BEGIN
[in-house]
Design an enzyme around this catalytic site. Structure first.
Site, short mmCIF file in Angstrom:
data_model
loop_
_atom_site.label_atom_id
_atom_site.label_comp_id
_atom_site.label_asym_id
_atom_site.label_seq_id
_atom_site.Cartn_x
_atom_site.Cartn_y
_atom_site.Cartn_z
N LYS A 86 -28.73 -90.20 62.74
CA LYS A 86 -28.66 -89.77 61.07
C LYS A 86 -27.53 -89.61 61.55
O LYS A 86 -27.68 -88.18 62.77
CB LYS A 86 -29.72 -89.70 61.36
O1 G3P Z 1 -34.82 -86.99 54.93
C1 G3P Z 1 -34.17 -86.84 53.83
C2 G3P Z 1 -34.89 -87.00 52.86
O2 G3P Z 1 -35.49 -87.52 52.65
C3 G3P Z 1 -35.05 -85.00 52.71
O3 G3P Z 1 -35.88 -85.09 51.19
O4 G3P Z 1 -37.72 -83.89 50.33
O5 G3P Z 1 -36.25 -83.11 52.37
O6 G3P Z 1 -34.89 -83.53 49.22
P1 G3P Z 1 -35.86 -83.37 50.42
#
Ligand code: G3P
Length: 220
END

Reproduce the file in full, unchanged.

[in-house]
Design an enzyme around this catalytic site. Structure first.
Site, short mmCIF file in Angstrom:
data_model
loop_
_atom_site.label_atom_id
_atom_site.label_comp_id
_atom_site.label_asym_id
_atom_site.label_seq_id
_atom_site.Cartn_x
_atom_site.Cartn_y
_atom_site.Cartn_z
N LYS A 86 -28.73 -90.20 62.74
CA LYS A 86 -28.66 -89.77 61.07
C LYS A 86 -27.53 -89.61 61.55
O LYS A 86 -27.68 -88.18 62.77
CB LYS A 86 -29.72 -89.70 61.36
O1 G3P Z 1 -34.82 -86.99 54.93
C1 G3P Z 1 -34.17 -86.84 53.83
C2 G3P Z 1 -34.89 -87.00 52.86
O2 G3P Z 1 -35.49 -87.52 52.65
C3 G3P Z 1 -35.05 -85.00 52.71
O3 G3P Z 1 -35.88 -85.09 51.19
O4 G3P Z 1 -37.72 -83.89 50.33
O5 G3P Z 1 -36.25 -83.11 52.37
O6 G3P Z 1 -34.89 -83.53 49.22
P1 G3P Z 1 -35.86 -83.37 50.42
#
Ligand code: G3P
Length: 220